Over the past year, President Trump’s plans for the Environmental Protection Agency and its four decades of work to protect human health and the environment have been hazy but worrying. The president's rhetoric throughout the presidential campaign made it clear that he would make major changes to the agency, and now, in the past two days, we're starting to get a better sense of what those changes might be and how he might achieve them.
Last night, ProPublica reported that, according to insider sources, all of the EPA’s grants and contracts have been frozen. Myron Ebell, who works at the libertarian think tank the Competitive Enterprise Institute (which opposes action on climate change) and oversaw the EPA transition under Trump, told ProPublica that the freeze is not unprecedented and will allow the new administration to review any new actions. While this might be true, the freeze on EPA funding, and additional news of a lockdown on EPA communications with the public and the press (and those from other federal agencies), are worrying signs of possible suppression of any government-led science that disagrees with the new administration's fossil fuel-friendly agenda.
The ProPublica news followed an internal transition document published earlier yesterday by Axios, which suggests that the EPA is in for a major overhaul. The leaked document describes the new administration’s first stab at translating Trump’s broad campaign promise to gut the EPA into actionable policies. But there’s not much to go on so far: Axios published only snippets and a summary of the document (which has been authenticated but is not the final version).
The document, reportedly authored by Ebell, appears to be a top-down rethink of the agency and its role, but it doesn't detail how the new administration could actually unwind EPA regulations and funding through bureaucratic and political maneuvering. Despite the lack of details, the overarching themes are likely concerning for anyone who believes that the health of birds and future generations depends on a strong EPA.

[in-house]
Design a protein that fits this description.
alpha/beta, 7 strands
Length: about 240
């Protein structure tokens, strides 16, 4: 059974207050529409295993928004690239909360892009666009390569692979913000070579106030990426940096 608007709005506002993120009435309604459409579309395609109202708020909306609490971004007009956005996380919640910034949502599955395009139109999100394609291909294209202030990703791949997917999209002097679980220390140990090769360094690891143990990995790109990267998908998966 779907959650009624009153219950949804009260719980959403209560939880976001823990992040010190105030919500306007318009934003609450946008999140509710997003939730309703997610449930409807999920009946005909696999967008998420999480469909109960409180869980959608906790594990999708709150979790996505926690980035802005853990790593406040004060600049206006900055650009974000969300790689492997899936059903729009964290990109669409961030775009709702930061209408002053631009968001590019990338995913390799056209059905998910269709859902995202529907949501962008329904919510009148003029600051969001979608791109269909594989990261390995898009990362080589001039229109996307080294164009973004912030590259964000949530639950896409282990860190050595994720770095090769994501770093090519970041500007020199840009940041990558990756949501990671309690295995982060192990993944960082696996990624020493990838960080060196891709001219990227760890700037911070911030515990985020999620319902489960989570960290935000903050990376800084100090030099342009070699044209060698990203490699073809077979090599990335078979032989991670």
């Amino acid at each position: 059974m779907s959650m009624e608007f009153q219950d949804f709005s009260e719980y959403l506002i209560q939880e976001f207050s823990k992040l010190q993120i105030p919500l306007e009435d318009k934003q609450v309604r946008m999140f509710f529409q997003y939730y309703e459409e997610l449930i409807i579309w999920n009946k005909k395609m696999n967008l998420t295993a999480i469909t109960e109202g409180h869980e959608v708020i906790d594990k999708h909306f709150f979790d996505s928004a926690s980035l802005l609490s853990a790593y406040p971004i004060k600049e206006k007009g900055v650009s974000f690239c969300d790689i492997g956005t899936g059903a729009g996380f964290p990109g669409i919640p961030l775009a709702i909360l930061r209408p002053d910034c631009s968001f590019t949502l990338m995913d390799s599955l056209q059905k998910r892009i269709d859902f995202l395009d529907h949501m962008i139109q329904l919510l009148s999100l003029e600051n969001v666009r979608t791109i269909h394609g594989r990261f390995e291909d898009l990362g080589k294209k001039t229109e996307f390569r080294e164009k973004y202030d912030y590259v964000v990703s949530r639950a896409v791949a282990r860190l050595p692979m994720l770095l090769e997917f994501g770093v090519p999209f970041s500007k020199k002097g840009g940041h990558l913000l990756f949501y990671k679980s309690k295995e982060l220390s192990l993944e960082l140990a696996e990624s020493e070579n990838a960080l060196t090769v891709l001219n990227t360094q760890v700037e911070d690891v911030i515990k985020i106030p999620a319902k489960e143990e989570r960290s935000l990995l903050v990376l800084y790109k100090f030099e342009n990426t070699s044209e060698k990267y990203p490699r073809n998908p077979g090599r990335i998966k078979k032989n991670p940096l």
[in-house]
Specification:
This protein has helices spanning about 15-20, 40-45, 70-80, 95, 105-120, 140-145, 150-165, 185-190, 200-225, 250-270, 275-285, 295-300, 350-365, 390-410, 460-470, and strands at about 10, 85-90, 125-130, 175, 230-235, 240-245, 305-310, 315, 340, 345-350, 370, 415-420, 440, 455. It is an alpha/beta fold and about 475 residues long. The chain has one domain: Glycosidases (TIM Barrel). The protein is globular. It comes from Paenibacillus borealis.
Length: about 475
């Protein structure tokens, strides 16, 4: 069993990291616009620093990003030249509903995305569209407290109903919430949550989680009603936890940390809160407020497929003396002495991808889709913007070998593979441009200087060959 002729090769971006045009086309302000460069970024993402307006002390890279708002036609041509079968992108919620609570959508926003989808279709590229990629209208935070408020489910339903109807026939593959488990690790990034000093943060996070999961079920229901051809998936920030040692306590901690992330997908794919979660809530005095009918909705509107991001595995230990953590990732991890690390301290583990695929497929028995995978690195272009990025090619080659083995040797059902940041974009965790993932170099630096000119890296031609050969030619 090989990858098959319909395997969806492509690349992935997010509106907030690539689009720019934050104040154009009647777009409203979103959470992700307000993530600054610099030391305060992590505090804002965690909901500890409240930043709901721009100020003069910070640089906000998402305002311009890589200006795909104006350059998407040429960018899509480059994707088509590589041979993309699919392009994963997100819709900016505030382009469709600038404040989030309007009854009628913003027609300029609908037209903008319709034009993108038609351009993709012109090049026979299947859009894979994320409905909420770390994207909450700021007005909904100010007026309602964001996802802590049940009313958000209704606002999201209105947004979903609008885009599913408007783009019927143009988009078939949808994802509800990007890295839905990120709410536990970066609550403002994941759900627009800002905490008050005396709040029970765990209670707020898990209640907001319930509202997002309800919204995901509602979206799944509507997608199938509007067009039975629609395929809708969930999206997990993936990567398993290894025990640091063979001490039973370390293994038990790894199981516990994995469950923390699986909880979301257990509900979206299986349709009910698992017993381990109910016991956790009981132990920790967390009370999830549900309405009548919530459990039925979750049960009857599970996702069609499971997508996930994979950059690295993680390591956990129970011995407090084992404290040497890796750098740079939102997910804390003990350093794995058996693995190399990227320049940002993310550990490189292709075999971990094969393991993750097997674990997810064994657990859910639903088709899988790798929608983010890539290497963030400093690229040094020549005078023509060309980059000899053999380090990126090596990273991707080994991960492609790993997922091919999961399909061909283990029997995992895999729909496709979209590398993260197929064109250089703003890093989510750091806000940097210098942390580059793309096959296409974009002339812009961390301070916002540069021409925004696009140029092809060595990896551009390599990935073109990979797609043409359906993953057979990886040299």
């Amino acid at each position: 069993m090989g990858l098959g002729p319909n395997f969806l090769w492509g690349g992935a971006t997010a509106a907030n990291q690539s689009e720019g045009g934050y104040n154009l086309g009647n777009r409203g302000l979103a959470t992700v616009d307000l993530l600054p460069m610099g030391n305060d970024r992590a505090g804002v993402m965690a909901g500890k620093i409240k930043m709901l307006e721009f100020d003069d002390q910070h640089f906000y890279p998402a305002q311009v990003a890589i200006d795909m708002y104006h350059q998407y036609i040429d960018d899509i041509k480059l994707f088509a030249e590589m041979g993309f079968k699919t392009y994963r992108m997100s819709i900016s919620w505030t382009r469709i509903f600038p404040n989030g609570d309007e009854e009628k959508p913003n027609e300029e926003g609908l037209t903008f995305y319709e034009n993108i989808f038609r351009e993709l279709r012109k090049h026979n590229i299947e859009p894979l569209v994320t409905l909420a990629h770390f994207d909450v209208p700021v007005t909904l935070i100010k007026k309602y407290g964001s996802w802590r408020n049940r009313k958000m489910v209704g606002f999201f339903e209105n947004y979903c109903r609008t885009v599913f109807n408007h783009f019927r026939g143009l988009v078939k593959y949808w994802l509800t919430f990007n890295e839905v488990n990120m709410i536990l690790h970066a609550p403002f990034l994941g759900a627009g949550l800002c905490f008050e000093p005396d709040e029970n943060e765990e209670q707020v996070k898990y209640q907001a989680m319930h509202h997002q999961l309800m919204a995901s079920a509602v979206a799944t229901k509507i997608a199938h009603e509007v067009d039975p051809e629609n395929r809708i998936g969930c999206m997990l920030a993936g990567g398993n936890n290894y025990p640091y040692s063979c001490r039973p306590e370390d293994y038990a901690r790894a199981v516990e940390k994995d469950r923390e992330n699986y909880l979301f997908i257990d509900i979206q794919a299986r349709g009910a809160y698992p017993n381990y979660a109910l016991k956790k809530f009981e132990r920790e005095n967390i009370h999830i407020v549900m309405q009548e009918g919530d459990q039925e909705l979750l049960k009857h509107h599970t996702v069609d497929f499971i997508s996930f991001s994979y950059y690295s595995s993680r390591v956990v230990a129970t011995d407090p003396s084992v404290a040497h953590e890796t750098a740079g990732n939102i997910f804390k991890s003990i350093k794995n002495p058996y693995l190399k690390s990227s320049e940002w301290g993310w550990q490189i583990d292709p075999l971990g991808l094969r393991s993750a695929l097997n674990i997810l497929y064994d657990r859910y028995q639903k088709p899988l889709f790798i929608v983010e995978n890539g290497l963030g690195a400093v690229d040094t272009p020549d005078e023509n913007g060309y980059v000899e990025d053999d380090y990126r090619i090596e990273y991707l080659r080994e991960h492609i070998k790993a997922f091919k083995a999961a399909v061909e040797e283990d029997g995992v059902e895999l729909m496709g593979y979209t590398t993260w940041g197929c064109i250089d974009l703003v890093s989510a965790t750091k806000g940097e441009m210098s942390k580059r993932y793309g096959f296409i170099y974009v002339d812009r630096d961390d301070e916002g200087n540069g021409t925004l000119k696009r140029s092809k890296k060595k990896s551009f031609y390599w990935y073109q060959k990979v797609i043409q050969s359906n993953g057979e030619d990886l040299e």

On a broad level, the document calls for an overhaul of the relationship between science and regulation at the EPA. It argues that the EPA should stop funding research and clarify its standards for data, conflicts of interest, and how science shapes policy. We can’t know the new administration’s motives for certain, but that stance echoes the science-suppression tactics of a recent climate-denying administration in Canada.
The document also names some specific EPA projects that the new administration hopes to dismantle, such as greenhouse gas regulations for power plants (such as the Clean Power Plan for existing plants), automobile fuel economy standards, and the Waters of the U.S. rule, which allows the EPA to regulate wetland pollution under the Clean Water Act.
On its face, the document provides evidence of an upcoming full-scale attack on the EPA’s authority to regulate pollution and protect the environment. However, according to an in-depth analysis at Vox, striking down these policies will likely be an onerous exercise, since they are formal EPA rules. Editor Brad Plumer describes what that process might look like:
[I]f Trump wants to repeal or modify these rules, he can’t just do so with the stroke of a pen. The EPA would have to formally start the time-consuming rulemaking process all over again. That means notifying the public of any rule changes, soliciting public comment for those changes, responding to all those public comments, and then rigorously justifying their new rules—likely before the courts.
That last part is harder than it sounds. The Clean Air Act requires the EPA to regulate many different pollutants, including greenhouse gases. So Trump’s team can’t just say, “We don’t like this regulation; it’s too expensive.” They’d have to come up with a legally sound argument for why, say, the Clean Power Plan is an inappropriate way to regulate CO2 from power plants and what they’d do differently.
Vox’s piece also includes a detailed run-through of five tactics in the new administration's arsenal to attack the EPA (and environmental policies more generally). One all-purpose tactic will be budget cuts. That’s nothing new for the EPA, which has been a regular target for officials looking to reduce government spending. Details are sparse right now, but the Axios release includes three specific figures for environmental programs that total more than $800 million in lost funding. Such a huge hit could be detrimental to myriad programs, but that, of course, would be the purpose. For the new administration, it's becoming increasingly clear that the EPA is a sprawling problem to be dealt with rather than a governmental agency that is vital to protecting wildlife and people.